Tried your code, but even simple calls did not work out of box. Main problem is that MyClass contains unknown element type 'myEement' - that type cannot be deduced from function call parameters. However - if you make a generalization and omit object type - your sample will work in out of box manner:

using System;
using System.Collections.Generic;

interface ISomePolicy<U> 
{
    void _doSomething(U u);
}

public class MyClass<U> :
     ISomePolicy<double>,
     ISomePolicy<int>
{
    internal object myEement { get; set; }

    public MyClass(object Element)
    {
        myEement = Element;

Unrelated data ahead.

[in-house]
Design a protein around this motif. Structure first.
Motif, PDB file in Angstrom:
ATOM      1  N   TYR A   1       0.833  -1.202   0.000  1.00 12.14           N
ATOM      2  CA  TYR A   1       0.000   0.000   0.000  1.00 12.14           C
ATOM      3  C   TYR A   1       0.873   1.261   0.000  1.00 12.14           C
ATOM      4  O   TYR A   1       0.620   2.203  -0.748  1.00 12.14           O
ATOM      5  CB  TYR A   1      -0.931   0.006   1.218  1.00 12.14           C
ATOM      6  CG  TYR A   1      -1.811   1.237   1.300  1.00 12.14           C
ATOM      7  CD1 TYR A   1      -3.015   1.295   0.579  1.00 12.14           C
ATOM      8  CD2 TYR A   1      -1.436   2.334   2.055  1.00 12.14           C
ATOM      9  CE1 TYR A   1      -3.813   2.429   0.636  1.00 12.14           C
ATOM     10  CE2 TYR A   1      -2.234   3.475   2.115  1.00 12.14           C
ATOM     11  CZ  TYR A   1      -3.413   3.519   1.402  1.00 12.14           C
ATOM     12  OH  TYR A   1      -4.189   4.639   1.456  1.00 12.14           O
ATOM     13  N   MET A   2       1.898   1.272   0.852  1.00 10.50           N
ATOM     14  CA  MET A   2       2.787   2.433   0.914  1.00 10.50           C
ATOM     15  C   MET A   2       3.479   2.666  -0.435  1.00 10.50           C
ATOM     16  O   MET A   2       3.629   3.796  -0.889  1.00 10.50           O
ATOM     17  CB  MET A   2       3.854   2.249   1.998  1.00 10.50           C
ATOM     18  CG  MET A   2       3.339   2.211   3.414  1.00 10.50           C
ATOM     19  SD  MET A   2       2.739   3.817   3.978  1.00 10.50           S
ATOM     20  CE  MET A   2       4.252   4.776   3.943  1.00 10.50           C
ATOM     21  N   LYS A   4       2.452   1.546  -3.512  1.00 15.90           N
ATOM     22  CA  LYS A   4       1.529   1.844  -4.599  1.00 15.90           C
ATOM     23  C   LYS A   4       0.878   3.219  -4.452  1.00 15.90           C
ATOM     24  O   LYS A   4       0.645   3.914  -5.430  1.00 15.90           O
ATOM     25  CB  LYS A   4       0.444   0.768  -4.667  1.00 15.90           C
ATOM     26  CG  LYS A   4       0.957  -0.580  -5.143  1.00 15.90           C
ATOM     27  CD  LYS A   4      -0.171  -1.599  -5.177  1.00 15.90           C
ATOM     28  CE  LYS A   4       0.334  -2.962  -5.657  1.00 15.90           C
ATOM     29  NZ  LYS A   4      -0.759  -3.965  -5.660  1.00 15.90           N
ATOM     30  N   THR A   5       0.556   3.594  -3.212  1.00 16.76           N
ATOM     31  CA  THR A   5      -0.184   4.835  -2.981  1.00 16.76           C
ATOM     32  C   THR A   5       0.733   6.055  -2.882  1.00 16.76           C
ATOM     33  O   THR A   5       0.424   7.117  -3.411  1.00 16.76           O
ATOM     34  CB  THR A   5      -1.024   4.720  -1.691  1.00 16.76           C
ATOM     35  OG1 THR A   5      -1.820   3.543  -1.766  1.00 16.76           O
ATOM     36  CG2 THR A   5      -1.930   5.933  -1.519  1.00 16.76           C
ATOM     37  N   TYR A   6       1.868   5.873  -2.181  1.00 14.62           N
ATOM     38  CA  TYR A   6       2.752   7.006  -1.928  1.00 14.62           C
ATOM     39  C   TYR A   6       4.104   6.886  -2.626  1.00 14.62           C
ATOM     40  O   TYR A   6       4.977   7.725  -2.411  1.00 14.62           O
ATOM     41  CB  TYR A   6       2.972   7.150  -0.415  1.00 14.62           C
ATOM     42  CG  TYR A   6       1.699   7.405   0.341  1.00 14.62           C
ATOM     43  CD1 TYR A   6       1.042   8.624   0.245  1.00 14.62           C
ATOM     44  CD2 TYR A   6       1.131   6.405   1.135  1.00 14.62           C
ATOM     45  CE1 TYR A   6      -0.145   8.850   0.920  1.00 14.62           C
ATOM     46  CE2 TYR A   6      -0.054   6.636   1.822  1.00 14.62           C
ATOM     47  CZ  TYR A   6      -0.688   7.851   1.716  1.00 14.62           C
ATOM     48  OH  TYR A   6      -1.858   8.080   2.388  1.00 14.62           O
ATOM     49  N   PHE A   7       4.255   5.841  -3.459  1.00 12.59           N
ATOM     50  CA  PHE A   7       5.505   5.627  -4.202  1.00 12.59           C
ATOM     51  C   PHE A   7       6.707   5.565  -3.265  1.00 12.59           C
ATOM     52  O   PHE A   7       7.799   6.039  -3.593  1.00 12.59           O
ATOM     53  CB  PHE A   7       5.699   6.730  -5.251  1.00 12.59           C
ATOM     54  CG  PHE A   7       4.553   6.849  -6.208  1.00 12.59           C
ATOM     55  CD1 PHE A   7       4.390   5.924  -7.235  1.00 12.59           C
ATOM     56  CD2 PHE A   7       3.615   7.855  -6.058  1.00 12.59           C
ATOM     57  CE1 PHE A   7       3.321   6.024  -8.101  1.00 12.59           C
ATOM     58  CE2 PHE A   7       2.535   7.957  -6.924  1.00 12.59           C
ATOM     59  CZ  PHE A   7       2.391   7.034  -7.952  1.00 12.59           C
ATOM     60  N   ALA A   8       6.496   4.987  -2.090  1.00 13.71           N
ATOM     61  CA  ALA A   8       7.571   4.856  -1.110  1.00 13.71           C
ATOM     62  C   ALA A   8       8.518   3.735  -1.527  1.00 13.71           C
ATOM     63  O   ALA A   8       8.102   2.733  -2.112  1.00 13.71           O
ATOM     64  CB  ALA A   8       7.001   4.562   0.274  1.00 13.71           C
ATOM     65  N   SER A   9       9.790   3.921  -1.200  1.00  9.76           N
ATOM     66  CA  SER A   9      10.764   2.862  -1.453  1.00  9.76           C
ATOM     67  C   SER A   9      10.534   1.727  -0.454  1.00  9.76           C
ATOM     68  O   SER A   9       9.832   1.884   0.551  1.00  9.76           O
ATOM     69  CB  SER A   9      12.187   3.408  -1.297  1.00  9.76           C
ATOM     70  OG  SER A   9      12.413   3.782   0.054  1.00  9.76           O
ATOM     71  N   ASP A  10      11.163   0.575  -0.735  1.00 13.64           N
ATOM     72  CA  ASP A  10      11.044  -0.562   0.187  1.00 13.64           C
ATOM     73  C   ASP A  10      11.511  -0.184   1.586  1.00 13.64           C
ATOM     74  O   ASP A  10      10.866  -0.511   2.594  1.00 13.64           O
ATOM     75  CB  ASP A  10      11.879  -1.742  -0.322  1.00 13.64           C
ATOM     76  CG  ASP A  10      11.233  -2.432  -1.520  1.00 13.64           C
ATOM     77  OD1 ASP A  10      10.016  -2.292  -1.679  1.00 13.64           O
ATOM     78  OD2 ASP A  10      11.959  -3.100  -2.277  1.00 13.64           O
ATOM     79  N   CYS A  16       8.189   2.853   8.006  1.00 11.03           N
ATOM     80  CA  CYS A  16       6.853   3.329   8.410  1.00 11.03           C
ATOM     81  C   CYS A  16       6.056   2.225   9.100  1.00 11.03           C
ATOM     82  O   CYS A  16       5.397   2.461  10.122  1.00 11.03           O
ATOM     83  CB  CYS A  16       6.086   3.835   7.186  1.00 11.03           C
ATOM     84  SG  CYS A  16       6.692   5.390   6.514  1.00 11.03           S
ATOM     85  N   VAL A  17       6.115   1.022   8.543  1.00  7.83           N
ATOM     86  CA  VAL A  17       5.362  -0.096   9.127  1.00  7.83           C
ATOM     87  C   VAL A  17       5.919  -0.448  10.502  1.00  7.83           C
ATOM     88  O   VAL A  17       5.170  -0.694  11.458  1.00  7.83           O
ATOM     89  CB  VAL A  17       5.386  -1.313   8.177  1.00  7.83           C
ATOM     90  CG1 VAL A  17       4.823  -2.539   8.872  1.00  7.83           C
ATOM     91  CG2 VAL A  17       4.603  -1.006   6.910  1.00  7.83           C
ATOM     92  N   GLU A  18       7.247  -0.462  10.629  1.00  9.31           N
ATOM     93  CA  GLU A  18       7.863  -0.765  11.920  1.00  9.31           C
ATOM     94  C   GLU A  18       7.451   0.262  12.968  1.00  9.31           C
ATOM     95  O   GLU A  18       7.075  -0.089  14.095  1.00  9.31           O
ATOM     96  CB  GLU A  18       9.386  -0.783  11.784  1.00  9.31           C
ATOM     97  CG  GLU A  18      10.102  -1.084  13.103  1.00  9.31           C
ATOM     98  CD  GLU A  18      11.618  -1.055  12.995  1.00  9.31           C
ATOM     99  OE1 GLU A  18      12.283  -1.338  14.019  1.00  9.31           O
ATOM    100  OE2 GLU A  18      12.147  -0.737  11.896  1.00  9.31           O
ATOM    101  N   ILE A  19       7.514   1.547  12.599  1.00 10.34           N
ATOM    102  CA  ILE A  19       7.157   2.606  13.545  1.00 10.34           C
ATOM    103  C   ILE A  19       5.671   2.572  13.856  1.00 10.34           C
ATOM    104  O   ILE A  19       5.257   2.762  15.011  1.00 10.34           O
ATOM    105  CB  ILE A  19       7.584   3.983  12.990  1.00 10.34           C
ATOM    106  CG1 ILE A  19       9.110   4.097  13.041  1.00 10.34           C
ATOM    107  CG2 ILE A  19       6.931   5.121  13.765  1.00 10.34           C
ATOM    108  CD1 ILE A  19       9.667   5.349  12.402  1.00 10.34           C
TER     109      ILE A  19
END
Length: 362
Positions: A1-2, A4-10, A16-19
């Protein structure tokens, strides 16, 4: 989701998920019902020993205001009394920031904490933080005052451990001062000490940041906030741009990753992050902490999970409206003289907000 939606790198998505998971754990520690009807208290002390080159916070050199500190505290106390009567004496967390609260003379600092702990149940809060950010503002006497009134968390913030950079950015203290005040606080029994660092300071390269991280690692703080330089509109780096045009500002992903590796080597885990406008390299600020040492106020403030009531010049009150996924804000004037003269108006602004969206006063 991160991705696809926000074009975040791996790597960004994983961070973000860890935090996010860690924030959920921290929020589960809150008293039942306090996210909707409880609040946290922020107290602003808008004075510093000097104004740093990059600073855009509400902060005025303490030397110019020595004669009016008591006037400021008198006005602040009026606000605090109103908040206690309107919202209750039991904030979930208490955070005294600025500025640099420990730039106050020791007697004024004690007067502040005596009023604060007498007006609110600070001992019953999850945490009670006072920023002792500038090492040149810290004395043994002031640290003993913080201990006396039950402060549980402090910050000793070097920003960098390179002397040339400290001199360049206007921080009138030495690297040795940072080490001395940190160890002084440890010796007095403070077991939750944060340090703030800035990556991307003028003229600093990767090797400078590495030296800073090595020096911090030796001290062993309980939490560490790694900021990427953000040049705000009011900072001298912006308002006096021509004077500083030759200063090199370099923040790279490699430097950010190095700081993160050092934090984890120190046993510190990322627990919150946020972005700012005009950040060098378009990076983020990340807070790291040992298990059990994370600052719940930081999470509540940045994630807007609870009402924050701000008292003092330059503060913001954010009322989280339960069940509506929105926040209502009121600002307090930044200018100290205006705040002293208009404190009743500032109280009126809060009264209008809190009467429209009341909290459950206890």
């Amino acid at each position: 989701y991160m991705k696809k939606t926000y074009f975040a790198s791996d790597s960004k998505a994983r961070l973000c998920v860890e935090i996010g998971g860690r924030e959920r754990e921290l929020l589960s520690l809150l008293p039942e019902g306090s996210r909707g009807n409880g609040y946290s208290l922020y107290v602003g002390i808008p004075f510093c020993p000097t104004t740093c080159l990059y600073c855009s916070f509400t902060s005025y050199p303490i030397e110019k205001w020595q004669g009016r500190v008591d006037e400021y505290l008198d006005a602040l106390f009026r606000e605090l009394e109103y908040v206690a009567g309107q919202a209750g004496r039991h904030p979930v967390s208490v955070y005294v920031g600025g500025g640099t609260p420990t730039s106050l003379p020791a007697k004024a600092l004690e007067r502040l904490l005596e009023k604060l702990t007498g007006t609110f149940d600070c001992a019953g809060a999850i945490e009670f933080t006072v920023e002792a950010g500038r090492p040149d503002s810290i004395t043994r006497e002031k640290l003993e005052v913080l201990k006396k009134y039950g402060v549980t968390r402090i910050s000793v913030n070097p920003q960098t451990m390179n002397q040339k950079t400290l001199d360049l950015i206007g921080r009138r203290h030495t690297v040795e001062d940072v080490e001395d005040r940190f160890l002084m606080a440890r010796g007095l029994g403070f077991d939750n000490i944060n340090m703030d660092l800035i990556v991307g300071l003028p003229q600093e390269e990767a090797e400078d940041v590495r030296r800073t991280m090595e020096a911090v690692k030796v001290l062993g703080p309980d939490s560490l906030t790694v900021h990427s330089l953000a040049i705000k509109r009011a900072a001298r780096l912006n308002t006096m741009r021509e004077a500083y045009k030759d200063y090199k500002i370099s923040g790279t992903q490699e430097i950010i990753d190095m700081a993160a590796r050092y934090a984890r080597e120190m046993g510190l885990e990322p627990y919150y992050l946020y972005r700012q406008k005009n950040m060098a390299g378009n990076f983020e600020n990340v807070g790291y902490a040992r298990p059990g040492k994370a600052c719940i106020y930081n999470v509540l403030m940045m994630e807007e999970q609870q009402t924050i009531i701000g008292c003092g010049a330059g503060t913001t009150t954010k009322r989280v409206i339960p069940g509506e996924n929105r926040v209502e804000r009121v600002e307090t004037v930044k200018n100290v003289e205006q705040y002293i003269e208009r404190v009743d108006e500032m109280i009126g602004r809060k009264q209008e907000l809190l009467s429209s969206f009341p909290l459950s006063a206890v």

}

    void ISomePolicy<double>._doSomething(double u)
    {
        Console.WriteLine("this is double");
    }

    void ISomePolicy<int>._doSomething(int u)
    {
        Console.WriteLine("this is int");
    }
}

static class MyClassExtension
{
    public static void doSomething<P, U>(this P oTh, U u) where P : ISomePolicy<U>
    {
        oTh._doSomething(u);
    }
}

class Program
{
    static void Main()
    {
        MyClass<double> oClass = new MyClass<double>(3);
        oClass.doSomething(0.5); //This works
        oClass.doSomething(1);   //This works            
        //oClass.doSomething("Will not work");
    }
}

What is up to myEement (or you probably meant myElement) - you can get's it's type at run-time if necessary.

myElement.GetType(), or cast to it - e.g.
if( myElement is int ) DoSomethingWithInt( (int) myElement );